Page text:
envelope icon phone icon

Content is below menu. Find the page you want, then scroll down. Current page in white text.

About Us





Food Forests

Apples & Pears



Currants & Gooseberries








Perennial Veggies

Stone Fruit

Leaf Trees



Our Forests



Treefarm For Sale

Say, Jubal...how do you feel about astrology?
Never touch the stuff. Prefer brandy.
Robert A. Heinlein


Rubus idaeus

Raspberries are one of the easiest plants to grow. Stuff them in the ground, keep them moist, and you will have raspberries almost forever.

Raspberries come in two types: Primocane and Floricane

Floricanes are the most common, and the only ones with significant commercial use. They bear heavily for a few week in early summer. The bear only on side branches of the 2nd year canes.

Primocanes produce less fruit per bush, and spread that production out over a longer period of time, starting about the time the floricanes finish, and continuing to frost.

Alas, it's not quite this simple. Some floricanes will produce fall berries on first year canes. Some Primocanes will have a light crop on canes their second summer.

I've chosen to carry two types of raspberries.

Souris raspberry is a floricane similar in berry size to Boyne. Souris has better yields, and is more cold resistant.

Double Delight raspberry is a primocane, producing slightly smaller berries.

I sell them in 20's because that's about right for a single family. 20 Souris and 40 will give you fairly regular raspberries on the cornflakes during the bearing season with a few lots of raspberries on ice cream sprinkled in.

Planting and care

Raspberries like a moist loamy soil. They are fairly shallow rooted. 4-5 inches of decent soil is lots. If you have heavy clay or sandy soil, mix in large quantities of organic material. Peatmoss, dried leaves, compost, wood chips, bark chips. Avoid large quantities of fine sawdust until it's been composted -- it sucks the nitrogen from the soil, and spruce wood has natural chemicals that are tough on other plants. Rototil in, water thoroughly.

Plant in a single row, 6 inches to a foot a apart. Try to match the dirt line on the canes with the new dirt in their bed. You don't have to be fussy about it, a centimeter either way won't matter.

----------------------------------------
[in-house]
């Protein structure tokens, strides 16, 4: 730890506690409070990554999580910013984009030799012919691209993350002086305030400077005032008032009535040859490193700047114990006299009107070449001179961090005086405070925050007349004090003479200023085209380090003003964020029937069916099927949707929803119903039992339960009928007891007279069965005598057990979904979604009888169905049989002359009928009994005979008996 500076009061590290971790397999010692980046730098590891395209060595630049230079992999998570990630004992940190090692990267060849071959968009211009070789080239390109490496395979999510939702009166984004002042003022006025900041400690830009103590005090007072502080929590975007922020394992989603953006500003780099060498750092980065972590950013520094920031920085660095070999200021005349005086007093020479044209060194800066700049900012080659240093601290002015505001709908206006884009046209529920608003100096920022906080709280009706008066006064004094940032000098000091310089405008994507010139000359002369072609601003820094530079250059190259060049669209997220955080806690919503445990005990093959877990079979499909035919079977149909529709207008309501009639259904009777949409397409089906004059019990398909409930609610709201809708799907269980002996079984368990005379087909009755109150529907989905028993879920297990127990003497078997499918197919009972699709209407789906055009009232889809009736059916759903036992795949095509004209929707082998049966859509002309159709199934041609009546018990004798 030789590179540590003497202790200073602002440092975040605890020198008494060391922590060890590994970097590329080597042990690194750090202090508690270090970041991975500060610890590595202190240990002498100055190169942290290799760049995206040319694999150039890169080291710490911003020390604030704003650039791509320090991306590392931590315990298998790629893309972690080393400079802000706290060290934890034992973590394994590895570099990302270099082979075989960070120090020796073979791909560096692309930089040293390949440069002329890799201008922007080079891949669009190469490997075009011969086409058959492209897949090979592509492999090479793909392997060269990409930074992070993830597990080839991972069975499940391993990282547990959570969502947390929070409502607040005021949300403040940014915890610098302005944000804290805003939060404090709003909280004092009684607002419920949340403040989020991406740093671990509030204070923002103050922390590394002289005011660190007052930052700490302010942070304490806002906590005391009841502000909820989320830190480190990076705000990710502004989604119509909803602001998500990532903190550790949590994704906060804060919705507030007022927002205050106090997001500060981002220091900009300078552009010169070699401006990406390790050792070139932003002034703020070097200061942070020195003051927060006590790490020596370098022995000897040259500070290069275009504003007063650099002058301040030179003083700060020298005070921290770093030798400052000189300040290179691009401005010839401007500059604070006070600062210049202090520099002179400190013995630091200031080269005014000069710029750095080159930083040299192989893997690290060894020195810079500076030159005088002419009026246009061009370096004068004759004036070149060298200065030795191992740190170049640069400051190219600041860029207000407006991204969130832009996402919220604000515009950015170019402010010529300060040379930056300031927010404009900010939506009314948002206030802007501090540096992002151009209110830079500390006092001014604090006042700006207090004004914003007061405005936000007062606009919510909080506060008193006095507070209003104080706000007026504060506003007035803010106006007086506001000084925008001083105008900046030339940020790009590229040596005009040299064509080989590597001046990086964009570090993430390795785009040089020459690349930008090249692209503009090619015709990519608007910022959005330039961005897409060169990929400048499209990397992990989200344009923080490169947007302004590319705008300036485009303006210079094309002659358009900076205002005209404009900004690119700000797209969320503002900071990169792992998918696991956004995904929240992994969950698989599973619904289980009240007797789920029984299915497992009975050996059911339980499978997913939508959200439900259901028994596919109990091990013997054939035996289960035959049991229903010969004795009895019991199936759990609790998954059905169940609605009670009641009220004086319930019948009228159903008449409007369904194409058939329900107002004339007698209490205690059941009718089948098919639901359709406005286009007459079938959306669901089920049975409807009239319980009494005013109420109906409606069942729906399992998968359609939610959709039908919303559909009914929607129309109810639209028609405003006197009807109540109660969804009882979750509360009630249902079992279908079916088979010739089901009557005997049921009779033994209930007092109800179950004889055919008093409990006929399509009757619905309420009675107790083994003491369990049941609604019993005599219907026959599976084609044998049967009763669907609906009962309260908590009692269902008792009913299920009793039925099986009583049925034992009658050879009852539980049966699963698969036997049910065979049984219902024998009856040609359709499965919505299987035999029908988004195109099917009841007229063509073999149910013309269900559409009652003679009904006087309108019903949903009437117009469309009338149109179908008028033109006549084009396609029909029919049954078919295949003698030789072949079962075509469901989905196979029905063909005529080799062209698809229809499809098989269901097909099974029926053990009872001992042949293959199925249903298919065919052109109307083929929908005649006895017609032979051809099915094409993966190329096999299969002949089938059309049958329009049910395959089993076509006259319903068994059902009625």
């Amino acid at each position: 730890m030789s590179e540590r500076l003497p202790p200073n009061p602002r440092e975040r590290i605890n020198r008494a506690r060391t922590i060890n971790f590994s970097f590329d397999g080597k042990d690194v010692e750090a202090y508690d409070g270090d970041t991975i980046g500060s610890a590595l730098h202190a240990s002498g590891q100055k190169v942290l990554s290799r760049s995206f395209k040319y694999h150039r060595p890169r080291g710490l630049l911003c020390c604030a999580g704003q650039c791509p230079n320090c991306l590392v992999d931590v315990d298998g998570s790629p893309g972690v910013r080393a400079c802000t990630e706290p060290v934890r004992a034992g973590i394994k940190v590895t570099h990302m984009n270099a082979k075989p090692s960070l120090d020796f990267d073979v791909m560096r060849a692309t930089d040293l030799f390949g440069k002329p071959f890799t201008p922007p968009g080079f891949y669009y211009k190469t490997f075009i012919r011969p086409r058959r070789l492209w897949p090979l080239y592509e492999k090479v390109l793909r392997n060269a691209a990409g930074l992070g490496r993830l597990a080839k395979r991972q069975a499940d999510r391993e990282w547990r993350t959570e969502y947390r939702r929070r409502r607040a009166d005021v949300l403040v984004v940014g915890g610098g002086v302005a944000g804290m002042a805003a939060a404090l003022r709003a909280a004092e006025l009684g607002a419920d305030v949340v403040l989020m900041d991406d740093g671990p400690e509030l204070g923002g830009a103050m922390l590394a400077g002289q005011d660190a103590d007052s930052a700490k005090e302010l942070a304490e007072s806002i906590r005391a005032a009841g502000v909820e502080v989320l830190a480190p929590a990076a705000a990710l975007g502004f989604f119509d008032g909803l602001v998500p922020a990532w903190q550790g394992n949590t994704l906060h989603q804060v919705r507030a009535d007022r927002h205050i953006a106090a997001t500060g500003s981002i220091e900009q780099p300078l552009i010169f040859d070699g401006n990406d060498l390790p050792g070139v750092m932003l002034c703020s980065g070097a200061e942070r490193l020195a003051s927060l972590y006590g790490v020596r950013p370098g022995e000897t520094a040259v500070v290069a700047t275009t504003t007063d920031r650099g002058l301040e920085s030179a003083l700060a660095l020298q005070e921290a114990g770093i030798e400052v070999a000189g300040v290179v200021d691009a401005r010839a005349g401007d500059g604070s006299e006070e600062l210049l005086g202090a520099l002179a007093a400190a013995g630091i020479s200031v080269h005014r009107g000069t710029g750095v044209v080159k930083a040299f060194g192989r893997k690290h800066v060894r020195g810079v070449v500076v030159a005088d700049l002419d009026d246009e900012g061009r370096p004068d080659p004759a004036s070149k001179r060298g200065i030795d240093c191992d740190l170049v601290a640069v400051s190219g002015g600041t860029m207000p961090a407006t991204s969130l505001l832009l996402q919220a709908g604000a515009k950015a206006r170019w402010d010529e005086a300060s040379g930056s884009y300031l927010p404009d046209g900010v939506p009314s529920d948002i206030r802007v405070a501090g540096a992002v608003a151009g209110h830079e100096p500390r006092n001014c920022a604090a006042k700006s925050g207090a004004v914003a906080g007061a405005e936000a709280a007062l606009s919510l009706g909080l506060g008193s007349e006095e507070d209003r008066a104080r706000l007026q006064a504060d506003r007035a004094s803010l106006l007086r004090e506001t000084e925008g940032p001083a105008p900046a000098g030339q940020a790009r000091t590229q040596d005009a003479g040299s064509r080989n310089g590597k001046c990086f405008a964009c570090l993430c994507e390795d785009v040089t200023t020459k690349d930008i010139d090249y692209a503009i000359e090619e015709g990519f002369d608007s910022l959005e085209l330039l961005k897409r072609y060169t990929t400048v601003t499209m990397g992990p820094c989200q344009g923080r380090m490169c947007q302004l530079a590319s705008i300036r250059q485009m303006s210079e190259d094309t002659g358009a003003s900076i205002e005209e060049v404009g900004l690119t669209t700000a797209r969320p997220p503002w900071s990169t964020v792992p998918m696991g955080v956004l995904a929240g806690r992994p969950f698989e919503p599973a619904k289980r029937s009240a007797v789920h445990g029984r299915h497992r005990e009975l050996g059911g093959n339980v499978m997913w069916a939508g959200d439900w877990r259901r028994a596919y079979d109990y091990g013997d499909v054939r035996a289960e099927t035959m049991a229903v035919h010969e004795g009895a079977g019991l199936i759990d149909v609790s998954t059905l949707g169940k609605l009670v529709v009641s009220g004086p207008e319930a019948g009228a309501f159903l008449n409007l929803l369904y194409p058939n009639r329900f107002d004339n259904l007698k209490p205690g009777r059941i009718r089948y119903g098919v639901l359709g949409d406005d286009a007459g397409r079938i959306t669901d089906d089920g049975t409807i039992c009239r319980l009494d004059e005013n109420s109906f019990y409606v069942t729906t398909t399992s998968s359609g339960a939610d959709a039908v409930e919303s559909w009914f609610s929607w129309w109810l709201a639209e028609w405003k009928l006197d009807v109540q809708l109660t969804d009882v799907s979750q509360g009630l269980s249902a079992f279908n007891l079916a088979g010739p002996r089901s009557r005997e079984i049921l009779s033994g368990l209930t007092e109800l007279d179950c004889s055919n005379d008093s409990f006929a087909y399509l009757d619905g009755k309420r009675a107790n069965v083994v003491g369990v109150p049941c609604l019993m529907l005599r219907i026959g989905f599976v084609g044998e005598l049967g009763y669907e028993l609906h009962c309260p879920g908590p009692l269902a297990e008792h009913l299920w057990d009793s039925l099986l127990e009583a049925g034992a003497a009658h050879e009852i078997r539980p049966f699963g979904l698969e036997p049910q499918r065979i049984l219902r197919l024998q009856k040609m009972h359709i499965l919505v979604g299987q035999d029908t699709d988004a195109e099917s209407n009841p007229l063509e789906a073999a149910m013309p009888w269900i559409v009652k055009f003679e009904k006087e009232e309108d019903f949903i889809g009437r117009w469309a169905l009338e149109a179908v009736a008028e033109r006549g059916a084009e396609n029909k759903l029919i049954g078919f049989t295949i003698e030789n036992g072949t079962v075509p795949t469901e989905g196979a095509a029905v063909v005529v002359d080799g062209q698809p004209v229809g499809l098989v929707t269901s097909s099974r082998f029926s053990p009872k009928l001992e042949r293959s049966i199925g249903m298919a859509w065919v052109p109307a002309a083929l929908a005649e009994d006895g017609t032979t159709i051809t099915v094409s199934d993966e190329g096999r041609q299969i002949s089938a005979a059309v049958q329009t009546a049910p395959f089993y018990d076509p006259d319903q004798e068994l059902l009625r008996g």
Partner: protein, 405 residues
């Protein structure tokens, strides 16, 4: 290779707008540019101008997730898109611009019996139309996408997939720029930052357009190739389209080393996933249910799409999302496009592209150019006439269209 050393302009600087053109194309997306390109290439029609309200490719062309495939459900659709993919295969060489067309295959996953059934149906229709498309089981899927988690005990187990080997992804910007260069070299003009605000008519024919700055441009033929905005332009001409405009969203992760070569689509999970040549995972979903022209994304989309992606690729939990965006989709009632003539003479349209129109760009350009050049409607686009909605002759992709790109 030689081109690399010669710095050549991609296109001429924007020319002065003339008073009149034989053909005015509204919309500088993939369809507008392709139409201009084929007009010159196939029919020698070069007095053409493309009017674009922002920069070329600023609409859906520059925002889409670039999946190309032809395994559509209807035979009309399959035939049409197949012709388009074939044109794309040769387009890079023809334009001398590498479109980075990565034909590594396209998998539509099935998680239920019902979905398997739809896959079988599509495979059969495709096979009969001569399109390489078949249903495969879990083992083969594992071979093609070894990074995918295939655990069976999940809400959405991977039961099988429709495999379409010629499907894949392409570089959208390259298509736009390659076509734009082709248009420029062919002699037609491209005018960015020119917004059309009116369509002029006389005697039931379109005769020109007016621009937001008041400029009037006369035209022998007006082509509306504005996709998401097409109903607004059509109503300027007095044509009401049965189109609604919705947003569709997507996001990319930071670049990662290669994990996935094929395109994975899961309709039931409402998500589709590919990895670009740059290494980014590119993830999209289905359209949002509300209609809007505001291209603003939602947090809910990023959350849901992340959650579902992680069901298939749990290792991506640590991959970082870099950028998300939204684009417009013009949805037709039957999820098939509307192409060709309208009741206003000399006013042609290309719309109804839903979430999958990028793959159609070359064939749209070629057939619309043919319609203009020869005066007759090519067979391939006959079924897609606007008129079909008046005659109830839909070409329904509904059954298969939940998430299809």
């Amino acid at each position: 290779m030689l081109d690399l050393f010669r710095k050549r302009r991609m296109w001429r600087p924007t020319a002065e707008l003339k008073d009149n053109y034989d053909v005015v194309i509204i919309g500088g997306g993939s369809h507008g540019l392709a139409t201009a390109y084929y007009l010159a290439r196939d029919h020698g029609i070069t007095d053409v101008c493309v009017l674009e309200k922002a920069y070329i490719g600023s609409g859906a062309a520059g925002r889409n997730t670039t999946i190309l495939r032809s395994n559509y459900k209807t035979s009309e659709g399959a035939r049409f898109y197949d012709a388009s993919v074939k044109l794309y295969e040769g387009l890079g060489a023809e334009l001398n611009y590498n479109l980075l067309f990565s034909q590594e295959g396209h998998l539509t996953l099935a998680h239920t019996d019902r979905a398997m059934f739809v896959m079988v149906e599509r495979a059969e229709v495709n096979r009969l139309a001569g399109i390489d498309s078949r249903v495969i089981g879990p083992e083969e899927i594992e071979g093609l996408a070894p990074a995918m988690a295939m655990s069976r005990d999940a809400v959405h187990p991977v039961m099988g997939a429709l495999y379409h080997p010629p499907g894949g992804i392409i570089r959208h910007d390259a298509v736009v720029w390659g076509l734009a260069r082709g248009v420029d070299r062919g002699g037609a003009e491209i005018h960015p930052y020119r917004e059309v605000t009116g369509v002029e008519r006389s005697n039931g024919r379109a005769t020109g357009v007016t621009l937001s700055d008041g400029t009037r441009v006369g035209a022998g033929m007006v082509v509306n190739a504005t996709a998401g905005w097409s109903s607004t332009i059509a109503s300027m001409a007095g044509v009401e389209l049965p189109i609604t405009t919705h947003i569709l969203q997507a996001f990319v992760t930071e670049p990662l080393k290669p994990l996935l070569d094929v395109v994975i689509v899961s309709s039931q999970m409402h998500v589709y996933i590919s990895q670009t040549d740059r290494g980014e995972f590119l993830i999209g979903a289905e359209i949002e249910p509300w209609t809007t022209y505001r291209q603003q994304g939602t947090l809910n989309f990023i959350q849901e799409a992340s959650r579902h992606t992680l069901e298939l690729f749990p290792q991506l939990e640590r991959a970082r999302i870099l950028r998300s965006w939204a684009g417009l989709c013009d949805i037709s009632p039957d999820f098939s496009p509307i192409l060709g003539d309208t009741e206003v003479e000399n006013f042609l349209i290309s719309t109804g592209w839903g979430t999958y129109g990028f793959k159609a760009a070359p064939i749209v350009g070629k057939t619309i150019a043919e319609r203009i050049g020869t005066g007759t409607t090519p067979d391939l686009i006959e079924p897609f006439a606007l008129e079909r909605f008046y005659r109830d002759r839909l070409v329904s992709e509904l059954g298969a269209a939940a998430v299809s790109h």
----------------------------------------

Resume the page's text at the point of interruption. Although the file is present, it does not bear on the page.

Put a permanent stake in every 8-12 feet. This can be an old fence post, or a cedar post. I am concerned about leaching of new pressure treated wood near stuff I eat, but a 20 year old post has lost most of what will leach.

Attach 2 12-16" cross bars to the posts, and put a small fence staple (used for chicken wire) in each end. The cross bars should be at about 18" and 3 feet.

Run a chunk of twine along the tips of the cross bars. These keep the canes from flopping into the aisles. The twine is sacrificial. Remove in spring when cleaning up the dead canes, and replace.

Keep the canes mulched with wood chips, flax straw, grass clippings. This retains moisture. Water when the bottom side of the mulch is dry.

Old carpet, fuzzy side down makes excellent weed control in the aisles.

Yearly cycle

In spring remove dead canes. For primacanes you can just mow them, if the number of live canes in spring is small. For floricanes, you just have to pick them out by hand, or grow twice as many, and mow one row each year. The dead canes are pretty obvious, and snap at a touch. This can be done the first nice day that the snow is gone.

With spring you will see new canes come up, usually a few inches away from the old ones. If they come up too far from the row, you can transplant them when they are about 3-6 inches tall. Either transplant back into the row, where you have a space, or start a new row with them, or pot them up for friends.

Once the stinkweed starts to come up, lay out the aisle carpets.

Remulch as needed. Fertilizer advice depends: Google is your friend. I don't know yet.

Berries are ripe when they pull off easily from the core.

In fall after the poplar leaves drop, turn your carpets over to dry, then when dry, roll up and store for winter. This will double or triple the life of the carpet.

Got something to say? Email me: sfinfo@sherwoods-forests.com

Want to talk right now? Talk to me: (8 am to 9 pm only, please) 1-780-848-2548

Back to Top
Copyright © 2008 - 2017 S. G. Botsford

Sherwood's Forests is located about 75 km southwest of Edmonton, Alberta. Please refer to the map on our Contact page for directions.